August 19, 2009

Tips for Effective Garden Pest Control

Tips for Effective Garden Pest Control

I've been gardening for many years now. I took it up as a hobby after a friend told me how relaxing and rewarding it can be to tend to and raise my own vegetables. At first I was a bit skeptical about whether I'd even like it or not, but it didn't take long to realize that my friend was exactly right. Now I love nothing more than putting on some old clothes, listening to soft music on my iPod, and spending an entire Sunday afternoon pulling weeds and gathering my modest harvest.

The only thing I don't like about gardening is dealing with the incredible number of pests that attack my plants. Effective garden pest control is hard work, and takes a great deal of vigilance and perseverance. But there's no way around it if I want my corn, beans, potatoes, tomatoes, eggplants, and cucumbers to thrive without any problems. So that's why I've been doing my best to gather good garden pest control tips that have worked well for others.

Of course, one way to control garden pests is to treat your plants with harsh chemicals that will kill everything from ants and fleas to aphids, slugs, beetles, and roaches. While this approach is generally cheap and effective, nobody wants to eat food that has come in contact with insecticides -- no matter how safe the manufacturers claim them to be. Even commercial growers have been abandoning chemical garden pest control methods in favor of more natural alternatives.

Because of the backlash against chemicals, there are now many organic garden pest control products on the market. These items usually consist of various combinations of ingredients like vinegar, sodium, potassium, garlic, rotenone, and mineral oils that work to eliminate common insects that attack gardens. In order to use organic solutions to control garden pests, you'll have to know exactly what kind of problems you're dealing with so you can choose the appropriate weapon.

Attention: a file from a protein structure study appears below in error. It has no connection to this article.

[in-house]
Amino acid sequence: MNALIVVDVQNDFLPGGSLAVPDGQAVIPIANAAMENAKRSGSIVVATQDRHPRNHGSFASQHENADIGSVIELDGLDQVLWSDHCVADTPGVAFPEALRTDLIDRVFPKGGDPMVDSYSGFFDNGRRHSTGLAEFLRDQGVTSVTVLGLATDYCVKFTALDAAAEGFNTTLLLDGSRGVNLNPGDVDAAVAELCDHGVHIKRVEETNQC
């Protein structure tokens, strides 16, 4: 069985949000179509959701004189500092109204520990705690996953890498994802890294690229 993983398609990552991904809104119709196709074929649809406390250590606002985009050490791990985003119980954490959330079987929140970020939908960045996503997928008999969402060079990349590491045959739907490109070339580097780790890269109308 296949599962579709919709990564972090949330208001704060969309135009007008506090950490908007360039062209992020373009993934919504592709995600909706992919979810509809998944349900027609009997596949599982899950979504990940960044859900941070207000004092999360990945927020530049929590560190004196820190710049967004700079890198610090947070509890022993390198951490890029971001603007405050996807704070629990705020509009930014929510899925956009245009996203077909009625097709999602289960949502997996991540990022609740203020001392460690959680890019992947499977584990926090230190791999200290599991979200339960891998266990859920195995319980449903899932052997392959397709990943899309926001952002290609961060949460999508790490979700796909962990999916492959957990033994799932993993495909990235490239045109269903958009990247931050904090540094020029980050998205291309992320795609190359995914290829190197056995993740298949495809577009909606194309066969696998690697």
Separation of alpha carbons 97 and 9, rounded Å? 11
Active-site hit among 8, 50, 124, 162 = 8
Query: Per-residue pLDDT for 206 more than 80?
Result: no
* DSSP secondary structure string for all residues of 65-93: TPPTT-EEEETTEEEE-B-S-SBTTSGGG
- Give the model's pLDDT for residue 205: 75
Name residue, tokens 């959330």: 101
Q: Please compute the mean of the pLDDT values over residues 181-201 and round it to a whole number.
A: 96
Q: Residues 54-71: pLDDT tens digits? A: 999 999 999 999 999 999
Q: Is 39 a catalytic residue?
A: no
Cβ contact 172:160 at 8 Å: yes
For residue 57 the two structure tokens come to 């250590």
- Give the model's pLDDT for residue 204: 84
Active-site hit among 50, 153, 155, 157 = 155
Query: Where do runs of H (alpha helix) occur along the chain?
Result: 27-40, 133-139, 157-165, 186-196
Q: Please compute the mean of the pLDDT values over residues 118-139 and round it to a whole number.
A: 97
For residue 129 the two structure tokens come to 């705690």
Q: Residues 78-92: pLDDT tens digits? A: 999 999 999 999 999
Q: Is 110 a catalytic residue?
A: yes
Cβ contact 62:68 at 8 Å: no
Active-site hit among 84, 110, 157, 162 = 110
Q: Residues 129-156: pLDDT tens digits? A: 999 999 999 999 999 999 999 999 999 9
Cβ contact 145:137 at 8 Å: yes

Tiny bugs and insects aren't the only threat to gardens across America. Wildlife can be a major annoyance as well. It can be harder to keep wildlife out of gardens safely and easily, because obviously you don't want to harm any deer, rabbits, squirrels, or other animals in the process. One thing you can try is to install fencing in order to limit access, but this won't do much against birds or burrowing critters. People have reported having good luck placing various substances around the perimeters of their gardens. These include products that have a strong odor, like mothballs, or even the urine of natural predators (which can be purchased at garden pest control supply stores online).

If these garden pest control tips don't work for you, you can always call a team of professionals to come out and deal with the problem. That would be more expensive than doing it yourself, but it's definitely worth it!

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